More than just funding, Salesforce consistently provides valuable resources, exciting opportunities, and most importantly, inspiration to a generation of Oakland students.
Congratulations are in order for two teams of Oakland students who represented their schools well at the Trailblazer Challenge, hosted by Salesforce as part of their annual tech conference, Dreamforce.
Students from half a dozen schools in Oakland and San Francisco Unified School Districts spent several weeks creating innovative solutions to the Sustainable Development Goals (SDGs) by applying their coding and 3-D printing skills. The two Oakland teams, “Eco BETA” from West Oakland Middle School and “Using Solar 2020” at Urban Promise Academy pitched their projects to top tech executives, including Salesforce Co-Founder Parker Harris, Salesforce Chief Philanthropy Officer Ebony Beckwith, and celebrity actress and activist Kat Graham.
While the judges’ vote went to a San Francisco Unified school, Dreamforce attendees selected West Oakland Middle School’s Eco BETA project for the popular vote, earning new computers for each student and $5000 for their school to support the creation of a makerspace, with Using Solar 2020 coming close behind.
Later that week, students from United for Success Academy and Elmhurst United attended Dreamforce’s Kids Coding Camp to learn about the SDGs, to see the conference’s tech-centered “Trailhead Zone,” and to design a project using technology aimed at addressing a contemporary issue facing their community.
Students from McClymonds High School attended the two-day Future Executive Summit where they networked with top executives in a variety of fields, heard from a panel of inspiring leaders, and engaged in breakout sessions to develop their elevator pitches, practice interview skills, and network with their peers.
Finally, ten students from Bret Harte Middle School participated in a roundtable discussion with David Beckham (yes, that David Beckham) where they had the opportunity to share their perspectives on Beckham’s work on the SDGs. Students spoke eloquently and passionately about the challenges that today’s youth face and ended their roundtable by honoring Beckham as the newest Oakland in the Middle All-Star.
Salesforce Gives Big
Exciting and relevant field trips are just the tip of the iceberg when it comes to Salesforce’s engagement and support of Oakland schools.
Over the course of just four years, Salesforce has given almost $24M to the Oakland Unified School District (OUSD) to support key District initiatives, including 21st century STEM learning opportunities, educator professional learning, recruitment and retention as well as social-emotional wellness and whole child supports.
This investment enabled the implementation of OUSD’s first-ever middle school computer science pre-pathway program. It also resulted in a 23 percent decrease in the number of students participating in the Blueprint Math program who are three or more grade levels below. Additionally, funds were used to develop a cohort of math coaches leading middle school teachers across the District in standards-based professional development, and to create a Newcomer Wellness Initiative to support the vast and varied needs of immigrant and refugee youth in Oakland schools.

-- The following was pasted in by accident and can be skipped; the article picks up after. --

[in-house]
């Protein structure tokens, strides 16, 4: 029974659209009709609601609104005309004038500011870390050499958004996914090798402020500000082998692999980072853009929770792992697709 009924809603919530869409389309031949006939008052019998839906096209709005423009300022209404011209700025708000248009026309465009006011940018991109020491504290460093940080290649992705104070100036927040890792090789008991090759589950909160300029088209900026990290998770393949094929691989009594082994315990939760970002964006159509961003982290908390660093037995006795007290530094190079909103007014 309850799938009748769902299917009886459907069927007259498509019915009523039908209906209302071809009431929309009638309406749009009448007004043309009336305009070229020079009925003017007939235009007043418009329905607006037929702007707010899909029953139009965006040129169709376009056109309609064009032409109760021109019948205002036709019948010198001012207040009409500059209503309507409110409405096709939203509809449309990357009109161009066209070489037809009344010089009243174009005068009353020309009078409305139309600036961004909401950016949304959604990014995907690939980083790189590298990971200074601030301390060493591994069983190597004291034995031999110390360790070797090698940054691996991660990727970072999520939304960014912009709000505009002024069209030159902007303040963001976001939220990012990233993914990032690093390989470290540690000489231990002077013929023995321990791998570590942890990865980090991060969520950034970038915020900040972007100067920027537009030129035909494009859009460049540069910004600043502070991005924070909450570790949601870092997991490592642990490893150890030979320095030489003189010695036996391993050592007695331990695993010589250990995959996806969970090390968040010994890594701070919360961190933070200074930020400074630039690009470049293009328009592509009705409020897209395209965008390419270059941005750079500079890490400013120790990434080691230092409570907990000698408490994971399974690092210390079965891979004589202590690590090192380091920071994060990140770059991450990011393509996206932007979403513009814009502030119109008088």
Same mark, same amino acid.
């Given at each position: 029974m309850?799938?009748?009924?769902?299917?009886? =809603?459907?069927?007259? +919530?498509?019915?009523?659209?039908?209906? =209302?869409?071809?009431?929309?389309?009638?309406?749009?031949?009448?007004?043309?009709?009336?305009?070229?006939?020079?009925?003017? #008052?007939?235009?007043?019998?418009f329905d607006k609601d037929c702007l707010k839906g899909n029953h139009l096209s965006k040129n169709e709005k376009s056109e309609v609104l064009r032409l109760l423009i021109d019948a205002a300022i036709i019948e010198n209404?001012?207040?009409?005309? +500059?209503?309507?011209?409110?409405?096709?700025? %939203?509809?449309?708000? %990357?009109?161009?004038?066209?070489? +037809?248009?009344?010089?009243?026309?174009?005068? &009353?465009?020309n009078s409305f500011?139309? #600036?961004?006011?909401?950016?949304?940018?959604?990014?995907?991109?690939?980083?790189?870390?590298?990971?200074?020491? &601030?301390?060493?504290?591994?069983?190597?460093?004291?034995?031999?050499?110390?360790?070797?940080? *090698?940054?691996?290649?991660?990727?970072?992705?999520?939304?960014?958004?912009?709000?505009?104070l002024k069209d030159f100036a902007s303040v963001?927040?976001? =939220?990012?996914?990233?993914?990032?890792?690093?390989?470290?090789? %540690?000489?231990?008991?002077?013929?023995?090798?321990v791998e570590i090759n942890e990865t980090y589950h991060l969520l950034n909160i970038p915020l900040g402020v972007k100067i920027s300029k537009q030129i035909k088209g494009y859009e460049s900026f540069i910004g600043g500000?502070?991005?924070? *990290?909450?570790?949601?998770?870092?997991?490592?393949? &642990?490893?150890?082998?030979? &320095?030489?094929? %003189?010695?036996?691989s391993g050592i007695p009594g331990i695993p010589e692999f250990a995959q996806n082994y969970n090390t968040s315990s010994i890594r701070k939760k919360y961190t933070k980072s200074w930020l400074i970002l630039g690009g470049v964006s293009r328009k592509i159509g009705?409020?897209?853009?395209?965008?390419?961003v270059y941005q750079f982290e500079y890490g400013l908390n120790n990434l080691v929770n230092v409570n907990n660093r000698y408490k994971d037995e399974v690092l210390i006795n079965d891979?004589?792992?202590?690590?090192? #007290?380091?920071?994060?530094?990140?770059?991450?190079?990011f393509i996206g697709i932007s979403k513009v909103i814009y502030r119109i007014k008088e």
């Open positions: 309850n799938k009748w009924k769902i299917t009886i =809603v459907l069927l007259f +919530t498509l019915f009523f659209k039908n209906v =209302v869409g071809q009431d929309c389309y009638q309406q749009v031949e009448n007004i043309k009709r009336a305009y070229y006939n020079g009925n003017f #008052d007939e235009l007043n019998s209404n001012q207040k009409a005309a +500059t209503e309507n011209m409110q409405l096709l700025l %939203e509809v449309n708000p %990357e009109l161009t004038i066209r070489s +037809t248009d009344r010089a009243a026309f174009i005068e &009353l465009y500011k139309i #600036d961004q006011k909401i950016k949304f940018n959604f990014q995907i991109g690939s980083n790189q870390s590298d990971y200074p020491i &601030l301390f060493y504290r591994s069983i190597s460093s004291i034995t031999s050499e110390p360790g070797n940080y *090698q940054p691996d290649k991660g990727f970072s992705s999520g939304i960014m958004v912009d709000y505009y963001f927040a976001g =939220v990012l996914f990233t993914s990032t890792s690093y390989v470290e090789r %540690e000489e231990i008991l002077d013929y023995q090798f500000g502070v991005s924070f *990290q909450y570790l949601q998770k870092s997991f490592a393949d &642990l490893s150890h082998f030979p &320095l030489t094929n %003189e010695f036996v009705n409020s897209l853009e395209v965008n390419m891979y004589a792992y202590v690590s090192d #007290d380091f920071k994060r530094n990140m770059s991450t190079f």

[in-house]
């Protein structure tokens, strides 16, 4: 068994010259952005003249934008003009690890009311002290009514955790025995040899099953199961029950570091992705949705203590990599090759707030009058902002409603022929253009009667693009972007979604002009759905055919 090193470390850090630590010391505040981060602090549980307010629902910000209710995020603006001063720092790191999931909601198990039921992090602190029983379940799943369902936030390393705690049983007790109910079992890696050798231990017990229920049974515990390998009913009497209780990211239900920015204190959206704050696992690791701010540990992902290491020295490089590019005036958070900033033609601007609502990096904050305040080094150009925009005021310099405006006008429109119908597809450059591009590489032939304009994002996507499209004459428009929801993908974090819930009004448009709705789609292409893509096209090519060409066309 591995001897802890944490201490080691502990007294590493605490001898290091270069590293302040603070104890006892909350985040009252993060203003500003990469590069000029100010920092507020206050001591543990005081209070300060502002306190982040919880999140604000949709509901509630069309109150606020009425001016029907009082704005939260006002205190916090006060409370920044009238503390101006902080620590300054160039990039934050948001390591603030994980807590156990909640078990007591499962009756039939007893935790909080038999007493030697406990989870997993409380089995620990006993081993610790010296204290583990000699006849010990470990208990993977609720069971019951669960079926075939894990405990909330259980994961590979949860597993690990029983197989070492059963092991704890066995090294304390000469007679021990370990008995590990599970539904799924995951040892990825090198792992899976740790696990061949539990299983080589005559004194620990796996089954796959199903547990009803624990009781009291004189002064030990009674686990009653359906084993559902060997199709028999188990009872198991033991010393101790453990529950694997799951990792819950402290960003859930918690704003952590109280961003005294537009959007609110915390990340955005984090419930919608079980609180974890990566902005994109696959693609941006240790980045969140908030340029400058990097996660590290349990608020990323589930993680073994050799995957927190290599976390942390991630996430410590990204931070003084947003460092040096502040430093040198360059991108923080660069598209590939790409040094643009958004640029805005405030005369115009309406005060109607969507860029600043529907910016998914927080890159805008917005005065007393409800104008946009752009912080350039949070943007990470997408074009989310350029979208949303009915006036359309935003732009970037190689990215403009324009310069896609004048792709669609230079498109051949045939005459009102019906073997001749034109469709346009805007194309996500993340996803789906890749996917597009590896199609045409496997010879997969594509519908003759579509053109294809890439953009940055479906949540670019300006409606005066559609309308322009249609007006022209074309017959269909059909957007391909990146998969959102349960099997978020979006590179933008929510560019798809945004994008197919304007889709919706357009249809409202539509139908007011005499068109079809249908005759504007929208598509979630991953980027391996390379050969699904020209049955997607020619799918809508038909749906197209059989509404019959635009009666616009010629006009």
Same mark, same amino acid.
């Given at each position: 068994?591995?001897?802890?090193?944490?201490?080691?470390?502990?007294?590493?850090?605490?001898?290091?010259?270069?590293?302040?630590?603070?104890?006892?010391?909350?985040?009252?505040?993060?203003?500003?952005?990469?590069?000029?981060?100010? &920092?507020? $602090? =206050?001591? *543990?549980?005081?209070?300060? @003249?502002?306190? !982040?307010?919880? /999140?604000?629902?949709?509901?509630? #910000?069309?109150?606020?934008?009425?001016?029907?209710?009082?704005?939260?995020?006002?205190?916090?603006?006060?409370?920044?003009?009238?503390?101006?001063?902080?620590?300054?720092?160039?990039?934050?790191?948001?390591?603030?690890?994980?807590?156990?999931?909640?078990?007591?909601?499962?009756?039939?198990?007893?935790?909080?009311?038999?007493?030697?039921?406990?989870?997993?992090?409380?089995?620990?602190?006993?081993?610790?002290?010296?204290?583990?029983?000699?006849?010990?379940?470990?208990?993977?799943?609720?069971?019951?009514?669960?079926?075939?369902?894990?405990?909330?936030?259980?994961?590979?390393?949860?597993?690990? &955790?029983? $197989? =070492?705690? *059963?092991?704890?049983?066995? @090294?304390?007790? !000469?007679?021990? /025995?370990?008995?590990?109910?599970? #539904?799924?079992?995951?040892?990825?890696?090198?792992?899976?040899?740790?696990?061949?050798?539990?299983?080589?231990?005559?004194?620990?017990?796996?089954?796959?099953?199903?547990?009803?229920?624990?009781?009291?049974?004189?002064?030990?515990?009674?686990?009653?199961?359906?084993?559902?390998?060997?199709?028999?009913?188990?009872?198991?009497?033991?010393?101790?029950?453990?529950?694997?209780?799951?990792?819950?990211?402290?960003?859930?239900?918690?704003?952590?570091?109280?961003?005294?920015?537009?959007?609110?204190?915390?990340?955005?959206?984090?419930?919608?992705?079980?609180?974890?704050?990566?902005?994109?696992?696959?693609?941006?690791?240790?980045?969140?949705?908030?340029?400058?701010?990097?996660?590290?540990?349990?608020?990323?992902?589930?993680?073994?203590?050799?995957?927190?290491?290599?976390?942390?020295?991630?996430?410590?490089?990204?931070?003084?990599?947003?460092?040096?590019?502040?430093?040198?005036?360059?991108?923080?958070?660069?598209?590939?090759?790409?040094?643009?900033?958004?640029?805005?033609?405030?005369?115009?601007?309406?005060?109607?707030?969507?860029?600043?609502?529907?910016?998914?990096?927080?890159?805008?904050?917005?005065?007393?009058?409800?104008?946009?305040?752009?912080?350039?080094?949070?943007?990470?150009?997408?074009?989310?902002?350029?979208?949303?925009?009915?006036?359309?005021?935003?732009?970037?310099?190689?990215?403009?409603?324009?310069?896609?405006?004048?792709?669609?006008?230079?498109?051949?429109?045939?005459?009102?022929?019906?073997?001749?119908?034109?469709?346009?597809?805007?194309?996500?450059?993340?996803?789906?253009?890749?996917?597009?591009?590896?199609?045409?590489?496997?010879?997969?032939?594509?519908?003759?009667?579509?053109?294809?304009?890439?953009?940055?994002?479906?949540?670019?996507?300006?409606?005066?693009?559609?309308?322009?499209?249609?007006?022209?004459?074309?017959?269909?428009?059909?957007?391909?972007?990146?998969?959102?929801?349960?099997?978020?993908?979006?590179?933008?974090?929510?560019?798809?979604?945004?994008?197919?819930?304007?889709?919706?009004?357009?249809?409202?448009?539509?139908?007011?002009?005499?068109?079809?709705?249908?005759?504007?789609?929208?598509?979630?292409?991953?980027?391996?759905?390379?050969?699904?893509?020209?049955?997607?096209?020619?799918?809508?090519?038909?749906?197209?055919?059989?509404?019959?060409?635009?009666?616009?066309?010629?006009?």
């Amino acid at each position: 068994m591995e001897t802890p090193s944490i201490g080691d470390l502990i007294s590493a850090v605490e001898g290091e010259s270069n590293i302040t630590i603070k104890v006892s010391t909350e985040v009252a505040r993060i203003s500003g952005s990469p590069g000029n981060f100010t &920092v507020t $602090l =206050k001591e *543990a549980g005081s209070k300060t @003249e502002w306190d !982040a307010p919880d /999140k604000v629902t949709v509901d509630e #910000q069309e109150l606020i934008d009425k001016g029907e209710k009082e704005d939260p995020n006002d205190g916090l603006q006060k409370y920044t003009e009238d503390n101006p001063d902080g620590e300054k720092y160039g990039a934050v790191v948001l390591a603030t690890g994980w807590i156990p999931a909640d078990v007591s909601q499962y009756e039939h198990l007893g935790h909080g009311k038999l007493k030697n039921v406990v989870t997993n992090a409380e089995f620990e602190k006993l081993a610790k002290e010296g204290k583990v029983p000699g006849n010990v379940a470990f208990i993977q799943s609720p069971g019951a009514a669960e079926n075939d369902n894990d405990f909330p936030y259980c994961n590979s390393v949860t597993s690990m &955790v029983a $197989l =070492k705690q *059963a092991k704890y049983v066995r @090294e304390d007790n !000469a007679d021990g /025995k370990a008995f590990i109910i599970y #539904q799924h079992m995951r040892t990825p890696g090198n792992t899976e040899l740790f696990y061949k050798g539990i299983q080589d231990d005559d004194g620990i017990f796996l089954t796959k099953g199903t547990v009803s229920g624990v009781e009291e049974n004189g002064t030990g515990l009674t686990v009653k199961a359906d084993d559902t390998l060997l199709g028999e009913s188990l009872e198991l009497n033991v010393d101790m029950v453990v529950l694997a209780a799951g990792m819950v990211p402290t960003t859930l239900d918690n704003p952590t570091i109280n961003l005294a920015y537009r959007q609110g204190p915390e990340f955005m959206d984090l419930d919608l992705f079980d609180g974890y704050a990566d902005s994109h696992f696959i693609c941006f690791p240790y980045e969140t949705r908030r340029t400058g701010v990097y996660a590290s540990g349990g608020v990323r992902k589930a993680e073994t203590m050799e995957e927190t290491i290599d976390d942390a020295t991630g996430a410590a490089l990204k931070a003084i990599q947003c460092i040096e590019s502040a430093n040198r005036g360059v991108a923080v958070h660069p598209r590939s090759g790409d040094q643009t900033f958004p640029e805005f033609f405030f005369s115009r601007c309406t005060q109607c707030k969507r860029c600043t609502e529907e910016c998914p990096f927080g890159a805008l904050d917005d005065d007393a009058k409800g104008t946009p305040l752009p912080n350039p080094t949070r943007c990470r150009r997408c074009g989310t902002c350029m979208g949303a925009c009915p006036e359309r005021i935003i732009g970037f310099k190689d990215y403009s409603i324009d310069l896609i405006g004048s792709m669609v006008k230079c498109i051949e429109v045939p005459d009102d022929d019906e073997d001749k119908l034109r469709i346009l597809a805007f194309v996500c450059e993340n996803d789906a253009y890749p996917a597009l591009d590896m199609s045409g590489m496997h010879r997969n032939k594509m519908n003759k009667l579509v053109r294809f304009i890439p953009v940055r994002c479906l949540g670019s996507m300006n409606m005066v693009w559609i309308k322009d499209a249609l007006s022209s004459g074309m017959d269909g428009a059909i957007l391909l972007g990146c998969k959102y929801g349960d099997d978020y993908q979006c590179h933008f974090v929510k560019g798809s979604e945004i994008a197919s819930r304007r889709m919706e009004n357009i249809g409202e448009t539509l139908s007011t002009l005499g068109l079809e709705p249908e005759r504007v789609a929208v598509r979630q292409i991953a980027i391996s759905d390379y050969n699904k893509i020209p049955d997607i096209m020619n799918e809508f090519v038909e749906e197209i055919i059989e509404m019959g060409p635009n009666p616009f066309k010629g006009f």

Salesforce has also donated product licenses and supported the District to build out important data infrastructure to ensure students in need are connected to the resources they need to help ensure they can come to school ready to learn.
As Oakland Mayor Libby Schaaf said when Salesforce’s renewed commitment to Oakland was announced earlier this year, “This generous donation to support the education of Oakland’s children is tech done right.”
A Community of Volunteers
In addition to providing financial support and products, Salesforce donates volunteer hours through the Adopt an Oakland School program to beautify campuses, appreciate teachers, read aloud to students, and provide academic mentorship. Salesforce has adopted ~14 Oakland schools and provides volunteer support and other resources to each. Schools like Frick Impact Academy have had a long-standing volunteer partnership with Salesforce, solidifying deep relationships between the company’s employees and school
“Our Salesforce [volunteers] have really been integral in making magic happen at Frick Impact Academy! They have literally helped make key events a success!” said Jaymie Lollie, Community School Manager at Frick. “Last year, when planning for our annual holiday event, they gently reminded me that I didn’t have to stuff 75 bags on my own, and that’s what they are here for. And they did! They made that event such a success! They just jumped right in and made it happen!”
With these many varied supports over the course of nearly half a decade, Salesforce has shown a clear commitment to making not just a big impact, but a lasting one. Funding top District priorities, building a community of volunteers in Oakland classrooms, providing valuable career exposure to students, and outfitting the District with state-of-the-art technology is stemming a complete transformation of the middle school experience for students in Oakland.
How to Get Involved
If you work for an organization that is ready to get involved in Oakland schools by providing a grant, adopting a school, or volunteering at an upcoming event like the sixth annual African American Literature Read-In, email firstname.lastname@example.org for next steps.